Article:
Friday, August 26, 2011
Emergency Lighting: Making an Olive Oil Lamp
While you can't rightly say that hurricanes are predictable, these days we usually get some warning that one is approaching. For people in hurricane prone areas this is the signal to start prepping, and because this is a common occurrence, they probably make a habit of staying stocked up on certain non-perishables or property-protecting "stuff" like plywood and extra duct tape.
That's not me. I live in CT for Pete's sake - how often do we get really threatening hurricanes up here? And this one has the temerity to make itself known at the end of the month, when I have no money left. Hence my need to figure out what I can do with what I have.
We're currently set with everyone's meds, and we have a cell phone and a portable DVD player (critical for getting Scarlett to go to sleep). Our stove is gas, and our water isn't dependent on electricity either, so our biggest problem will be light. We have a couple of candles and a cheap flashlight, but nothing that would provide continuous light for days (worst case scenario). Fortunately that's one thing I can jury-rig with what I have on-hand!
Enter the Makeshift Olive Oil Lamp. These are really useful in emergencies because not only do they use a fuel you're likely to have on-hand, but because olive oil is not as flammable as classic lamp oil, if the lamp gets knocked over the oil will extinguish the flame rather than starting a fire. This quality especially is important in a house with jumping children and cats! If you're not someone who regularly illuminates with fire, I think it's an important safety margin.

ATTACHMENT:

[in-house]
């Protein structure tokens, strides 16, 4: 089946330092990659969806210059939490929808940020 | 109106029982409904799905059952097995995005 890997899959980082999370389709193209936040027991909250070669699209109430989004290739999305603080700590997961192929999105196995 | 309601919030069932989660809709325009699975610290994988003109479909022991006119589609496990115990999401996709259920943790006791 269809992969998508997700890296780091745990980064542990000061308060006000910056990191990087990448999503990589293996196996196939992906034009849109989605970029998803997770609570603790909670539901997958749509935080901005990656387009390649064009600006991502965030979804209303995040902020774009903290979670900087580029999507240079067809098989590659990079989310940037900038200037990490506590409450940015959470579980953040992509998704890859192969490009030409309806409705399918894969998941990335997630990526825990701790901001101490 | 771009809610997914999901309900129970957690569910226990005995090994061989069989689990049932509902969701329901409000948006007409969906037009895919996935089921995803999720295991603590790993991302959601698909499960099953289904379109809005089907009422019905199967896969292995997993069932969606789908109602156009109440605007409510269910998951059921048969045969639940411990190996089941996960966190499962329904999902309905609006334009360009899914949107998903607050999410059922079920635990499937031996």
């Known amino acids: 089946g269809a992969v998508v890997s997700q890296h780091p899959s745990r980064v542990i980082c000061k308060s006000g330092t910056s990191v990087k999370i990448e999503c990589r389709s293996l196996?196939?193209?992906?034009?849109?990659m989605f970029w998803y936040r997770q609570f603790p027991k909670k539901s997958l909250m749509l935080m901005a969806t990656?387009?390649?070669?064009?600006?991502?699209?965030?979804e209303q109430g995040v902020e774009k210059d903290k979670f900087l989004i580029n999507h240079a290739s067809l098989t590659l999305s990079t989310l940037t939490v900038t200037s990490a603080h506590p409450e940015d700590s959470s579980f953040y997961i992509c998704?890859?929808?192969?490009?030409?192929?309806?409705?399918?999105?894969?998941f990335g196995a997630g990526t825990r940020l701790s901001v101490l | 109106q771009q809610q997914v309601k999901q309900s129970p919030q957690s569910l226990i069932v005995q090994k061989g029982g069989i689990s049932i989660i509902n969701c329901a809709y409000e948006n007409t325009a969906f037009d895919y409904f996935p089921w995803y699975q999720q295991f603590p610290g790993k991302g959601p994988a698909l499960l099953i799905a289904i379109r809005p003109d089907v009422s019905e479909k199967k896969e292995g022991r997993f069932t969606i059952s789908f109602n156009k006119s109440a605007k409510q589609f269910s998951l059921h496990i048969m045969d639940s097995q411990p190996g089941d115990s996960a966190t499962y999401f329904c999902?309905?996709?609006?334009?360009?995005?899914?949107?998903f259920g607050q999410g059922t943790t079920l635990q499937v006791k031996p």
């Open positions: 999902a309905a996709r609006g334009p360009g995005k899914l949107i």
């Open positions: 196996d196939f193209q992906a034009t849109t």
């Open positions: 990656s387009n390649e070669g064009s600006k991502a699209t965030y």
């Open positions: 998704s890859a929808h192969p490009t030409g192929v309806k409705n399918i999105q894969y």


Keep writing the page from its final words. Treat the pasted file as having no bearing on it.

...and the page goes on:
I'd seen these lamps online (Lehman's carries a line of them), and had a good idea of what I needed: a heat-resistant glass container, some fairly stiff wire, 100% cotton string for the wick, and olive oil. For my experimental model I used a small custard cup. If we need more, I'll use canning jars- they are heat resistant and I have plenty of them. With an olive oil lamp you want to have the top of the wick close to the surface of the oil, which shouldn't be more than 3/4" or so deep, even in a much larger jar.
I took some brass wire I had on hand and a pair of round-nosed pliers, cut off maybe 6-8 inches of wire, and made a little corkscrew about .5" long in one end to hold the wick.
I then bent the rest of the wire at a right-angle to the corkscrew and curved it into a large, loose spiral. This wick holder will sit at the bottom of the "lamp." If I'd used a jar, I would've used a longer piece of wire and made a "handle" by bending it in another right angle to the loose spiral, so that both the corkscrew and the "handle" point straight up when the loose spiral is sitting flat. This will allow you to lift the wick holder out of the jar so you can light it.
The last piece was the wick. I had some 100% cotton rug warp left from a weaving project, but I knew it would be too thin as it was. I took a length about 16" long and twisted it with one hand until it started to kink up. I then carefully folded this in half (a helper might reduce frustration by keeping the string taut while you do this), then repeated this process once more.
My string was now 1/4 as long, and 4x thicker - perfect! If you don't happen to have cotton rug warp on hand, you could substitute cotton kitchen string, unwaxed candle wicking, or a length of cotton shoelace (if you're not sure what your shoelaces are made of, do a burn test first). In fact, any of these would have been preferable, and I would have used one of them if I'd had any - these items are all thicker, and the twisting & folding might not have been necessary.
I threaded the wick through the corkscrew, leaving about 1/8 inch exposed at the top, and the tail loose.
This whole assembly is set in the bottom of your container. Add olive oil to about the first coil at the top of the wick holder, and you're good to go!